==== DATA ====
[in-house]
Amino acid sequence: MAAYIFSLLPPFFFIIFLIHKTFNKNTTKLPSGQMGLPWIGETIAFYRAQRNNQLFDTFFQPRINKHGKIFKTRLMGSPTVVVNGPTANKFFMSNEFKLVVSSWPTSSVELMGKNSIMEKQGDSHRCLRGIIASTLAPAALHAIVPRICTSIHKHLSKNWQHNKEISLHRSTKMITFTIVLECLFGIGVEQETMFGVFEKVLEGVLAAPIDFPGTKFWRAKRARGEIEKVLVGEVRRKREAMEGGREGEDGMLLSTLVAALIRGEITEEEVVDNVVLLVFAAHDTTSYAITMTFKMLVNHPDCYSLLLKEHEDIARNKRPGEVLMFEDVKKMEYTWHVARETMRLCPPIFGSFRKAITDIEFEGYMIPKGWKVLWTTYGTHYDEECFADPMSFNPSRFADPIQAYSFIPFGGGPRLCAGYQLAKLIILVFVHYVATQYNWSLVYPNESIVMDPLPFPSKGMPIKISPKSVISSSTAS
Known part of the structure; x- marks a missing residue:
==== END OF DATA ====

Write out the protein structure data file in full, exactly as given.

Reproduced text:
[in-house]
Amino acid sequence: MAAYIFSLLPPFFFIIFLIHKTFNKNTTKLPSGQMGLPWIGETIAFYRAQRNNQLFDTFFQPRINKHGKIFKTRLMGSPTVVVNGPTANKFFMSNEFKLVVSSWPTSSVELMGKNSIMEKQGDSHRCLRGIIASTLAPAALHAIVPRICTSIHKHLSKNWQHNKEISLHRSTKMITFTIVLECLFGIGVEQETMFGVFEKVLEGVLAAPIDFPGTKFWRAKRARGEIEKVLVGEVRRKREAMEGGREGEDGMLLSTLVAALIRGEITEEEVVDNVVLLVFAAHDTTSYAITMTFKMLVNHPDCYSLLLKEHEDIARNKRPGEVLMFEDVKKMEYTWHVARETMRLCPPIFGSFRKAITDIEFEGYMIPKGWKVLWTTYGTHYDEECFADPMSFNPSRFADPIQAYSFIPFGGGPRLCAGYQLAKLIILVFVHYVATQYNWSLVYPNESIVMDPLPFPSKGMPIKISPKSVISSSTAS
Known part of the structure; x- marks a missing residue: